You are my sunshine (Hans Michael Anselmo Hess)
A thin line between romance and tragedy
You are my sunshine is a movie about a homosexual relationship between Tom (Ernest Vernon) and Joe (Charles O'Neill). The storytelling jumps between the start of their romance as 2 young men and their unconditional love at an older age. They get to know each other at work and from that moment they fall madly in love. They try to keep it discrete and secret, as they both live in the same small town and a homosexual relationship is even nowadays still taboo, unfortunately. Nevertheless, when Joe introduces Tom as a friend to his sister Ethel (Rosemary Manjunath), all goes pretty well till she catches them secretly kissing moments later. To her it is so horrifying that she can't deal with it and inevitably their dad get to know about it as well, resulting in a family drama which causes a rupture between Joe and his family. Years later, he tries to reunite with his sister and her son, who's totally ok with the fact that his uncle is gay. Joe's sister, Ethel, still has difficulties to accept it.
When Joe confesses the bad news he got from the doctor, he is diagnosed with cancer and has only little time left to live, everyone is heartbroken and obviously devastated. Can Ethel reconcile with her brother in time? Or will it remain an everlasting dispute?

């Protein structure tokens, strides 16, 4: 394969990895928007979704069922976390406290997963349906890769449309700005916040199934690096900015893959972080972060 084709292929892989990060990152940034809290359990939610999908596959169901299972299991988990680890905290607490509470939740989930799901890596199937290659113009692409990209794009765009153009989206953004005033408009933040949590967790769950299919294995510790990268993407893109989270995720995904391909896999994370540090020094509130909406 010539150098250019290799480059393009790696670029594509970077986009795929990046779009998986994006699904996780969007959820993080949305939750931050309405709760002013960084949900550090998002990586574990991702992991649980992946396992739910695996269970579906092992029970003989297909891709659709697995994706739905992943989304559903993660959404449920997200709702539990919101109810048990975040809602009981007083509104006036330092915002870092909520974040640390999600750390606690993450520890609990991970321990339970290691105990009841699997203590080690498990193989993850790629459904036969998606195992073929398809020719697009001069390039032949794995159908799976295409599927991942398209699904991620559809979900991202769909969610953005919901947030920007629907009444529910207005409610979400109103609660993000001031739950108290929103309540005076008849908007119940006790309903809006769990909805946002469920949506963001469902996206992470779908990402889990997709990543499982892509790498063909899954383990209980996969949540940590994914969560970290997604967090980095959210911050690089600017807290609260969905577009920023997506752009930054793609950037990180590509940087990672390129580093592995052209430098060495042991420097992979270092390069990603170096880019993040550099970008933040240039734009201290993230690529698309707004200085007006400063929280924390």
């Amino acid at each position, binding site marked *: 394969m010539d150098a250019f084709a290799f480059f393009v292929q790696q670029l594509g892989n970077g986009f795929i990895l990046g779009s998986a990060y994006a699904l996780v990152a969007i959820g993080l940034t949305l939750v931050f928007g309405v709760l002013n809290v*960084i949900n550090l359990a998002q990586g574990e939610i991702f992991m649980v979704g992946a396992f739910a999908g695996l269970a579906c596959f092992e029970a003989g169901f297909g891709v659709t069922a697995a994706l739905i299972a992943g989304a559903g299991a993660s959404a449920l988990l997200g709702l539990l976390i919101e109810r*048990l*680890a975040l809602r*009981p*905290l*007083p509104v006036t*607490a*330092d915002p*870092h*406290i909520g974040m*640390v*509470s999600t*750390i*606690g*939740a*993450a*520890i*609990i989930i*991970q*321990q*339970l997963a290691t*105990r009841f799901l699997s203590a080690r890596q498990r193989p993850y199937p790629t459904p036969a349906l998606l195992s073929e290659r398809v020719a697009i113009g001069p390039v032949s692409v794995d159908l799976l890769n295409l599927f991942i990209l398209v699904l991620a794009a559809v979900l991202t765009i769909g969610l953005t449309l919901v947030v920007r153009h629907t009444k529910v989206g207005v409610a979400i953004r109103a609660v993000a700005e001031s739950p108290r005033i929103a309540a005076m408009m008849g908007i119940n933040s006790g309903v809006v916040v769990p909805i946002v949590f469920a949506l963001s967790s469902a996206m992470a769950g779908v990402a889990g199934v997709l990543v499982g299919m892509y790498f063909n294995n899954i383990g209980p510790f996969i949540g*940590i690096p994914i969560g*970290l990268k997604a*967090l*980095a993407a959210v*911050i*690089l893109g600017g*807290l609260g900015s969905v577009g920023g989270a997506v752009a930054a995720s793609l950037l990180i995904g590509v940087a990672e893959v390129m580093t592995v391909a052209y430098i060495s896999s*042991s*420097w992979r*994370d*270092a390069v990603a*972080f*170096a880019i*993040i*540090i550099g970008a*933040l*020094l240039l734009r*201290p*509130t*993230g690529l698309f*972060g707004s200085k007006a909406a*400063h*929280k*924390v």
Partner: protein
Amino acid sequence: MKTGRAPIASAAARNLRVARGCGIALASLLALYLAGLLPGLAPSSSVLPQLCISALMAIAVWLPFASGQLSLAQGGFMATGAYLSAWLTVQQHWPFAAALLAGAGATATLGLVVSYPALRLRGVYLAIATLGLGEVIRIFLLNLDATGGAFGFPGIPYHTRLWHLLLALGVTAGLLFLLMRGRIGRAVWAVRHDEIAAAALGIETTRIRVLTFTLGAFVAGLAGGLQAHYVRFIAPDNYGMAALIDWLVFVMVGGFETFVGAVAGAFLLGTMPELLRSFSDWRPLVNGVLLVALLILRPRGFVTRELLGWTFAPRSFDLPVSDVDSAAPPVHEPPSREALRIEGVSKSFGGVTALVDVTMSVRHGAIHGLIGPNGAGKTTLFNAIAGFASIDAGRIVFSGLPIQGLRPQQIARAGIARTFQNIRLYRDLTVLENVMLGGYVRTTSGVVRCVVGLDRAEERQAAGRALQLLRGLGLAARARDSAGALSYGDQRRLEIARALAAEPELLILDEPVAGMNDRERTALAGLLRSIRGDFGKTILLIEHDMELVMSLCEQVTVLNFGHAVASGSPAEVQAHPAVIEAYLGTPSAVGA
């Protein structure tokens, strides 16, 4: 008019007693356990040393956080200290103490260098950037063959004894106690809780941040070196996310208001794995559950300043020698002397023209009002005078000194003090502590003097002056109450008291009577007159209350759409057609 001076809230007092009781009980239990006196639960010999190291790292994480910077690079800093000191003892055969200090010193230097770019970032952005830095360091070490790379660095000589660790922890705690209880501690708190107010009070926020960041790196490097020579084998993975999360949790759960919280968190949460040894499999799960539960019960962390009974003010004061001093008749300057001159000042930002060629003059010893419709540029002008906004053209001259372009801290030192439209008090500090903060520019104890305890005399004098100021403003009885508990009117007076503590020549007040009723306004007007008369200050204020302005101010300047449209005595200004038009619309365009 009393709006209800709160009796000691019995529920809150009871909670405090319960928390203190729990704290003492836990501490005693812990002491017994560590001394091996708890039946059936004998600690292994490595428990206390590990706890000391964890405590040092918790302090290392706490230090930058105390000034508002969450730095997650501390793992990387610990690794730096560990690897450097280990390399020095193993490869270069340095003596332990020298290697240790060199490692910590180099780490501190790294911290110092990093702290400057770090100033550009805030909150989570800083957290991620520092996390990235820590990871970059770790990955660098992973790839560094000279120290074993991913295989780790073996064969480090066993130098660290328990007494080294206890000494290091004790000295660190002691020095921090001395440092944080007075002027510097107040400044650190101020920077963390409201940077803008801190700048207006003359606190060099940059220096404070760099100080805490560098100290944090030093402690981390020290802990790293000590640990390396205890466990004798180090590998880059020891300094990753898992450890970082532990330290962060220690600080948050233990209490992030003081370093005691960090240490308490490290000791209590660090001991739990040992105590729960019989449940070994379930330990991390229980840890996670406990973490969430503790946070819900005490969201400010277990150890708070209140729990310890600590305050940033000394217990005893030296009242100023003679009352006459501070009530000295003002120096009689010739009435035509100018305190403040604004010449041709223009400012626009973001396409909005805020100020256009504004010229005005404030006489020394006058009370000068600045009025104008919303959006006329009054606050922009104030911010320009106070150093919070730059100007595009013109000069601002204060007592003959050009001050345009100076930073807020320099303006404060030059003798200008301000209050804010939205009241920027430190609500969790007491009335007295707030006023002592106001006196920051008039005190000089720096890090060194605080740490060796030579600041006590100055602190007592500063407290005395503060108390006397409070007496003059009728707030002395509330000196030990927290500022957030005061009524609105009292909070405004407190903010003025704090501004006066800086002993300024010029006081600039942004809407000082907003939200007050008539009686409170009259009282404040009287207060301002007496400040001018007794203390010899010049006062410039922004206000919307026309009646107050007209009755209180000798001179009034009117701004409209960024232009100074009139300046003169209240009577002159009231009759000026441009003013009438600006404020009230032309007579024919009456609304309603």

The music is from award-winning Brazilian born British composer Hans Michael Anselmo Hess (Carnival of Sorrows, Clownface, Sustain, …).
This score is very thematic as I'm already used to from him. Almost every character has his theme and I can't appreciate this enough, since it became so rare in contemporary movies, unfortunately. The music is fully electronically crafted but barely noticeable. It sounds very realistic and this is a big step forward since his earlier work, which was already stunningly well done.
I will not describe all tracks because there are a whole lot of them and they are pretty short, mostly. There are a few important ones that got my attention, which doesn't mean that the other ones are dull, not at all. There's always something happening, even in the very few underscoring tracks.
In the first track “Meadows” the composer introduces us to the main theme. It starts with chimes or a music-box-like sound as accompaniment to the oboe which plays the beautiful melody we get to hear many times and in lots of variations later on. More towards the end, it becomes all a bit more playful and happy, succesfully accompanying the amorousness of young Tom and Joe.
In “Joe and Ethel” the music is more sad. Greatly underlining the story between brother and sister that lead to a rupture when they were young.
The oboe, which is kind of the central instrument used by Hess, is back in “Remembering the past” with a beautiful melody different from the main theme. It's the first flashback scene and the start of the actual story.
We get a new theme, what I'd like to call Tom's theme, in “Love is love”. There are strings and oboe but with a different melody this time. I think both themes could be combined in some way, they seem to complement each other, in my humble opinion.